AI Devices Will be Important New Tools to Combat Elephant Poaching
The non-profit organization "Resolve" announced yesterday that it has developed a new AI camara device called TrailGuard AI, which uses "Intel" vision chips to identify elephant poachers in African [and eventually Asian] wildlife parks. The cameras will be placed on access trails used by poachers and automatically alert park rangers when it senses suspicious activity. Its a potential game-changer for conservationists because most wildlife parks in the developing world are underfunded and have limited resources to combat poaching.
The Verge: "In Serengeti National Park in Tanzania, for example, there are just 150 rangers responsible for safeguarding an area of land roughly the size of Belgium."
And rangers have been losing the battle against poachers for years because of ivory's high price on the black market. Much of the poached ivory ends up in China where it is carved into ornaments and jewelry.
The Verge: "Resolve notes that despite current conservation efforts, an African elephant is killed roughly every 15 minutes. At this rate, the surviving population of 100,000 animals (down from a peak of some 2 million) will be destroyed over the next few decades. Resolve's hope is that artificial intelligence will help fight against this trend by offering a pair of digital eyes."
TrailGuard was recently field tested at the Grumeti Reserve in Tanzania and led to the arrests of 30 poachers. Now Resolve is working with the National Geographic Society and the Leonardo DiCaprio Foundation to get TrailGuard AI into 100 wildlife parks in Africa over the next several years.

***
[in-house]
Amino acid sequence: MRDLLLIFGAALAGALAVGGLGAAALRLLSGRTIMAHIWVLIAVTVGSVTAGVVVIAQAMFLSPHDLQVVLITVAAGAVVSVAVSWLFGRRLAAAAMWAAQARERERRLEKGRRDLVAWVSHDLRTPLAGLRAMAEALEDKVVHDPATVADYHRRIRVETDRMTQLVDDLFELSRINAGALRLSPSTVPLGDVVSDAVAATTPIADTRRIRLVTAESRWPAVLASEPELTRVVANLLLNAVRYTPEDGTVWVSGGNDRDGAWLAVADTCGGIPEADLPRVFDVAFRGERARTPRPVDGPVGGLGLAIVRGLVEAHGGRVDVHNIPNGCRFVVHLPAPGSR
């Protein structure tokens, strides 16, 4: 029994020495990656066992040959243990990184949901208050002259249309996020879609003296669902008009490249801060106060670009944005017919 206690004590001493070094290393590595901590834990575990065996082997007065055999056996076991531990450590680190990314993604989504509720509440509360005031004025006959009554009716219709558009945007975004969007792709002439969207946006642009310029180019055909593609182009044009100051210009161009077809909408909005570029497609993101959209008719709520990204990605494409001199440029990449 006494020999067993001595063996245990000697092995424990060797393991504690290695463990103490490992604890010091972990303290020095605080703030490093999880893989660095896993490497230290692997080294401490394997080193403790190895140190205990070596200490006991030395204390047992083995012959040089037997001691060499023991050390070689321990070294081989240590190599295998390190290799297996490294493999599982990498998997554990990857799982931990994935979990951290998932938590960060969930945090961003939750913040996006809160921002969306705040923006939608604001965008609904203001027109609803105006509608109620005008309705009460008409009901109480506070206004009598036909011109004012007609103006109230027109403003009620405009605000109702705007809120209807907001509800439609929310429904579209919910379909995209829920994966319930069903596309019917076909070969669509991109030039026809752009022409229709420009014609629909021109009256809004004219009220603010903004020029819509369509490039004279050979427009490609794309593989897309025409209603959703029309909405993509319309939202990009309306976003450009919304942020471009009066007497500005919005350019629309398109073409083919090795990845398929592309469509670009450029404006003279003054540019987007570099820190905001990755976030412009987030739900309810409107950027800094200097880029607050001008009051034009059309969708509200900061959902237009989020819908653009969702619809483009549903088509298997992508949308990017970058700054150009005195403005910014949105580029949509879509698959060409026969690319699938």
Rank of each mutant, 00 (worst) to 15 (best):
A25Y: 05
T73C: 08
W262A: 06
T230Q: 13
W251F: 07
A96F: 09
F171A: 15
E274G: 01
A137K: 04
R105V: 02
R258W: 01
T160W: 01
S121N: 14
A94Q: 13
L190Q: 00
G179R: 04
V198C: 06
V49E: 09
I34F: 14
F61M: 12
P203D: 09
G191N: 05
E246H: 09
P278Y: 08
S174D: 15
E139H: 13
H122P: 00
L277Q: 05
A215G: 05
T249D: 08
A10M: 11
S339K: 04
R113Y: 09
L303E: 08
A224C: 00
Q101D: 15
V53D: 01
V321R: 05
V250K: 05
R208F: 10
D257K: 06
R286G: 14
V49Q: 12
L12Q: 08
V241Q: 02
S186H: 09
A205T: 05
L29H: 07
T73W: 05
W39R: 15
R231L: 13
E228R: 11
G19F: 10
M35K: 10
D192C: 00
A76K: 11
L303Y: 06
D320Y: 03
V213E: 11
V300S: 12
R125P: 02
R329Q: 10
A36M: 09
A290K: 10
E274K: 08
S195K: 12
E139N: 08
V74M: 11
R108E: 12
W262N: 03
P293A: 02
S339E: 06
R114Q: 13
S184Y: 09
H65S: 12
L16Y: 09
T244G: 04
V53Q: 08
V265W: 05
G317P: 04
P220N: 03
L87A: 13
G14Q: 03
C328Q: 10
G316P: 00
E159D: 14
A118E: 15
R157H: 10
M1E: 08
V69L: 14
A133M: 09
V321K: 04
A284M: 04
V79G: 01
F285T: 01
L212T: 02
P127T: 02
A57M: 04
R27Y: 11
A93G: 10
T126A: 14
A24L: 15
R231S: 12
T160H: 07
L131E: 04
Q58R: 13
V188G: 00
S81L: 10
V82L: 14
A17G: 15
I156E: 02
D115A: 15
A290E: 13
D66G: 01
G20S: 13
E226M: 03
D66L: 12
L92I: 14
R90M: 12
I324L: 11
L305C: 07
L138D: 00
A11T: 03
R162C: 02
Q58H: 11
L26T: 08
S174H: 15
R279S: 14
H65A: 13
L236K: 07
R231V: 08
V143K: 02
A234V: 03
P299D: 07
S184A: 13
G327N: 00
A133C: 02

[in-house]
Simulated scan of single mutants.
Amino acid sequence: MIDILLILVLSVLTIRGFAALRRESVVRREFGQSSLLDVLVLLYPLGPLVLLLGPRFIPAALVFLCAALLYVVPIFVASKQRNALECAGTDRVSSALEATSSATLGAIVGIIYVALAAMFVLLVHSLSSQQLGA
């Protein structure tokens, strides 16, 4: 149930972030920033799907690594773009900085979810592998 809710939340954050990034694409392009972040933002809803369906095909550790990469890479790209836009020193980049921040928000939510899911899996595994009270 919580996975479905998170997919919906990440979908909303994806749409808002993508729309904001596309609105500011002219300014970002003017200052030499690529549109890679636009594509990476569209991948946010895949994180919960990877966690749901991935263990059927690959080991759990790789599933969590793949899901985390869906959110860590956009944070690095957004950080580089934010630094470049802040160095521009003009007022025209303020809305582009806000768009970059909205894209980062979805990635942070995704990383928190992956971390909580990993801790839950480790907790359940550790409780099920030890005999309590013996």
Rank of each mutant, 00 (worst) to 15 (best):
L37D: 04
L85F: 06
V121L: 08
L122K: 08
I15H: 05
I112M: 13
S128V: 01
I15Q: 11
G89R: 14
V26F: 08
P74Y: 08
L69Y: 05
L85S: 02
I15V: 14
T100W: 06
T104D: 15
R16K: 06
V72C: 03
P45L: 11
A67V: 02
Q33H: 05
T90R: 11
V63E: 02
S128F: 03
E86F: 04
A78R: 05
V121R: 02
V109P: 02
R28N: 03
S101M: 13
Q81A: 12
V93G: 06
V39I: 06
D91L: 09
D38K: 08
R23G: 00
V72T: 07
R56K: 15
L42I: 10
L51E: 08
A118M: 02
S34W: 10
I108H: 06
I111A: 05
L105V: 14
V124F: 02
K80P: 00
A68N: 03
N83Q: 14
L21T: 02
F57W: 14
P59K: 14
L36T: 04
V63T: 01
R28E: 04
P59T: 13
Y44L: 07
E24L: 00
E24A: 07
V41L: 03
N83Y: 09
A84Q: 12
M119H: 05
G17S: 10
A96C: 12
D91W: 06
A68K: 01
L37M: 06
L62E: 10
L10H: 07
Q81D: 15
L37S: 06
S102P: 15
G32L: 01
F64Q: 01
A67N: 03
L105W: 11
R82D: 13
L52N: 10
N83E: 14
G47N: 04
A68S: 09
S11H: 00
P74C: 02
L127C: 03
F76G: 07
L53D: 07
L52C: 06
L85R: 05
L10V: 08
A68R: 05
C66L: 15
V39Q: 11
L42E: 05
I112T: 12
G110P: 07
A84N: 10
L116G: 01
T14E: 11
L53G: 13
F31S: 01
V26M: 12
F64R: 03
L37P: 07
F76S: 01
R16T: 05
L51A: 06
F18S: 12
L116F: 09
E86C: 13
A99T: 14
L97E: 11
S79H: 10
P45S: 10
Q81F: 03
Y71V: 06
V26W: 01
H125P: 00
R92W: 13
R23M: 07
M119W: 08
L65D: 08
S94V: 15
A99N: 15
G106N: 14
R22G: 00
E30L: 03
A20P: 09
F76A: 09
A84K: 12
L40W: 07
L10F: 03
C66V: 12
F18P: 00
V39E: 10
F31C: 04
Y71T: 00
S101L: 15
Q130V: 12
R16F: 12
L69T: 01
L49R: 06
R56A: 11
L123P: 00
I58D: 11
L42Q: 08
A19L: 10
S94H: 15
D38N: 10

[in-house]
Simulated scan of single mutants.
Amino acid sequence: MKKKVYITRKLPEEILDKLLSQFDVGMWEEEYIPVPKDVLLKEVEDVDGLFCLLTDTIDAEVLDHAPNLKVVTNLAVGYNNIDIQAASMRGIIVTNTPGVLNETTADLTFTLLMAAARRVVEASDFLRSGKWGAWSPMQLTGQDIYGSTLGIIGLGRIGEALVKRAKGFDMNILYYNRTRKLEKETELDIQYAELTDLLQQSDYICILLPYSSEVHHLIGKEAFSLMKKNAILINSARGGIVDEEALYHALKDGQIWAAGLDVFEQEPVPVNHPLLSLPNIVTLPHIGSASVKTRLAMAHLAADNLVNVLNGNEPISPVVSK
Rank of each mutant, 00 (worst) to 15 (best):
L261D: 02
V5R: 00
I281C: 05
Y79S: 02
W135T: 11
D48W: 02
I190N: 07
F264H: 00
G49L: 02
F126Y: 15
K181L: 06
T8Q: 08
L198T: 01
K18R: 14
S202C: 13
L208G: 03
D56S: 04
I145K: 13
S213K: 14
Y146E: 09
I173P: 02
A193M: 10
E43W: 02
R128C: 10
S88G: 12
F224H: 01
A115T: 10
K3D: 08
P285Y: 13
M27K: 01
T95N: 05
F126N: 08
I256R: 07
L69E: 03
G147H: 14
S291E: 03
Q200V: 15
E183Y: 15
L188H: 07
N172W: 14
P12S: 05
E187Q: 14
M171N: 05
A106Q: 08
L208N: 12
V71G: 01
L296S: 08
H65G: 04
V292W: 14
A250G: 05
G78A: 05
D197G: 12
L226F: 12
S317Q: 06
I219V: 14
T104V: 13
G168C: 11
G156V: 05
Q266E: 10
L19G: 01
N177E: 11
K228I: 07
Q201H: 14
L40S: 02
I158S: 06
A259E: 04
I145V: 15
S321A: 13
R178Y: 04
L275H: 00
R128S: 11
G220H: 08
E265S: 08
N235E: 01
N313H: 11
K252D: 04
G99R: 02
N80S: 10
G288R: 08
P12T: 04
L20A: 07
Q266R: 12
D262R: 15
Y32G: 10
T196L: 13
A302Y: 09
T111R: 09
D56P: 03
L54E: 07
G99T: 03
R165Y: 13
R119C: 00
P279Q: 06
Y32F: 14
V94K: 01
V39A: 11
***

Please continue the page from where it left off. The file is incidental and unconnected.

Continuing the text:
TrailGuard AI is not the only AI device being developed to combat poaching. Researchers at the University of Southern California are developing AI technology to help park rangers anticipate where poachers will strike next.
Save the Elephants: "The Teamcore lab at USC's Center for Artificial Intelligence in Society is working on an AI-driven application called PAWS, short for Protection Assistant for Wildlife Security, which aims to equip wildlife defenders with optimized patrol routes."
"PAWS consists of both a predictive and prescriptive component. A machine learning algorithm uses information from past poaching events and publicly-accessible topographical data to make risk calculations about where future poaching attacks may occur. A game theory framework, utilizing a branch of mathematics focused on the interaction between two or more participants, generates a sequence of GPS locations for the rangers to patrol."
"A preliminary field test in Uganda in April 2014 demonstrated that the software was effective in identifying infrequently patrolled areas with active poachers. By following the patrol routes that PAWS suggested, rangers found a poached elephant with its tusks cut off. Even though they arrived too late to save the elephant, the rangers were able to find and collect other snares."
Time is running out for elephants and new strategies are sorely needed. If you have an interest in donating to an NGO working to protect elephants, here is a list of organizations involved in their conservation.